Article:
I am looking through my photo archives to see if I have anything that would be good for a book cover. The one below is a favorite, although not likely to make the grade as a cover image. It is the office front of the campaign of Tamsin Osmond in the constituency of Hampstead & Kilburn, UK, just before the 2010 election. The office was located on Finchley Rd. at Frognal. Across the street was a billboard for David Cameron and the Conservative Party, reflected in the office window.
The posters on the door are interesting. One refers to Osmond as “The election’s most enthusiastic candidate” and the other says “party politics is dead.”
The constituency was a three-way marginal in 2010. In fact, that was one of the reasons for choosing to stay there. We rented an apartment (at the Langorf–Frognal spelled backwards). An advantage of staying in a short-term rental rather than a hotel during an election campaign is you get campaign flyers through the mail slot! Such as this one:
Optimistic, but not absurdly so, at the time. The weeks we spent in the UK were the height of “Cleggmania” and if the LibDems were going to make the breakthrough that some polls hinted could be coming, Hampstead & Kilburn was the sort of place in which they were likely to be winning. And the Conservatives were worried. Note how Philp’s flyer points out how far behind the LibDems were in the local elections (upper right of front) and thus they “can’t win”; thus only the Conservatives can beat Labour in this constituency. On the lower right of the flip side, “vote LibDem, get Gordon” Brown (the Labour leader and incumbent PM).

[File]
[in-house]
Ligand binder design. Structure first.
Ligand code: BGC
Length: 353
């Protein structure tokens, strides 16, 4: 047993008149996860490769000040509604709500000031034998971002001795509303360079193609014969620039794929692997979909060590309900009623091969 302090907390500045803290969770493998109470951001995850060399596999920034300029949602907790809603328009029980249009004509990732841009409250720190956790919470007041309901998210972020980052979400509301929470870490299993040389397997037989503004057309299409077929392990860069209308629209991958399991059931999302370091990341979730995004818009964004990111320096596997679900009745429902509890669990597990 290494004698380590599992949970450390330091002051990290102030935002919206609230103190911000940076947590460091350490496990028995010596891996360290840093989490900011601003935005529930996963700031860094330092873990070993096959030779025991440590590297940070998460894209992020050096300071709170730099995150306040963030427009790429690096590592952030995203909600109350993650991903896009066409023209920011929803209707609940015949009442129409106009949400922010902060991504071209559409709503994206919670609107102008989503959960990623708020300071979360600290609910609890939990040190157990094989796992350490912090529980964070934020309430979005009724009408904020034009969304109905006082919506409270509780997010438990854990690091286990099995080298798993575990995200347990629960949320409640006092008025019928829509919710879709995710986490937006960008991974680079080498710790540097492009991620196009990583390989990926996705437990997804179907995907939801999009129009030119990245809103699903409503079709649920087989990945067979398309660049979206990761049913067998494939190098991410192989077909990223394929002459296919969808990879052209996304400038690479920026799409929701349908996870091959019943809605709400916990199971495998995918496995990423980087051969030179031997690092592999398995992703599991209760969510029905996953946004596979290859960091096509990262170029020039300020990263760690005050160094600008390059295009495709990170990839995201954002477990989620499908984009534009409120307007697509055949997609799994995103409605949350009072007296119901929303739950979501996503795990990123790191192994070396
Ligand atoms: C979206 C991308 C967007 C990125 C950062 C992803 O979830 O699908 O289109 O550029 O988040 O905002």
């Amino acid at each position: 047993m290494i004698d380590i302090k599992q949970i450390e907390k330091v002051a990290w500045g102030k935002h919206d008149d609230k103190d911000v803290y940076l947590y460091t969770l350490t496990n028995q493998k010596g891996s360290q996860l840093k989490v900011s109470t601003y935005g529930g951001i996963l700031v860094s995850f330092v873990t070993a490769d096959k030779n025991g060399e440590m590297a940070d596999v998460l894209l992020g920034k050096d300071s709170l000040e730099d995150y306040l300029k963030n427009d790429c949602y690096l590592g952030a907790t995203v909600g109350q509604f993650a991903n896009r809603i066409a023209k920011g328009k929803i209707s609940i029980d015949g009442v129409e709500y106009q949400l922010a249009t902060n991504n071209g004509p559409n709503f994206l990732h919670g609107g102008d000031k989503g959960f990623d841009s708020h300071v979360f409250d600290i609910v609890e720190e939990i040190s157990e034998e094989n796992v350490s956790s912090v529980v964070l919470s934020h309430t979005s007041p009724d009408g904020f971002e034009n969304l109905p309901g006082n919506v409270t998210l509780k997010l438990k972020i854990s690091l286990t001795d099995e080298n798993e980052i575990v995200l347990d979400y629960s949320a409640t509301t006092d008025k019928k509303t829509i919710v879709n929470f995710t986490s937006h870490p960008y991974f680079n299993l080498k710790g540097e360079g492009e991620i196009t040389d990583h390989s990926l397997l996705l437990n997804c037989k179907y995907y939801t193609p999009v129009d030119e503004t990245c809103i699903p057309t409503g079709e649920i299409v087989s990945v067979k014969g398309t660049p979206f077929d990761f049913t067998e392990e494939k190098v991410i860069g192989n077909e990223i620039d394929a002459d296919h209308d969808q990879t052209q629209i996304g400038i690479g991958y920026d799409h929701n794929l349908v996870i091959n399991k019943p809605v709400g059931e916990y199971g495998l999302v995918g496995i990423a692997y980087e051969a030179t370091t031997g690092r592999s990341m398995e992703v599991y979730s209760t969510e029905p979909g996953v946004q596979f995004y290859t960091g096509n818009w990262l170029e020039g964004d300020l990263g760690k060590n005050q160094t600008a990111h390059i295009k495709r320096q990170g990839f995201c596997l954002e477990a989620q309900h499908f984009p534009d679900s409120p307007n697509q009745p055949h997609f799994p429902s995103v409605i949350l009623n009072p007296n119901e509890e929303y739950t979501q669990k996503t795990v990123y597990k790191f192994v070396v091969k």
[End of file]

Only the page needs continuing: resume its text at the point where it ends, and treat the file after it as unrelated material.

In the election, Osmond won 123 (presumably most enthusiastic) votes. The incumbent MP, Glenda Jackson (the actress) was reelected with 32.8% of the vote and a margin of 42 votes (yes, forty two) over Philp. The margin over the third place candidate, the LibDem, was 841 votes. A Green Party candidate had 759 votes, just short of the total votes separating first from third. In addition to Osmond, there three other candidates (including one each from the BNP and UKIP) combining for 827 votes. It was quite an interesting constituency!
Other reasons for staying there: It was close to a stop on the express bus to Luton, where we were catching our El Al flight to Israel a few days after the election. It was also walking distance to a fascinating synagogue* (which we attended for Shabbat), which also happened to serve as the local polling station.
Sign to the polling station in front of the church on Belsize Square. The synagogue where the polling took place (and which I was able to spend a few minutes in on election day) is just past the church.
* Note that “helping out on Mitzvah Day 2009” is among Chris Philp’s demonstrations of his local leadership. The constituency includes one of London’s major Jewish communities.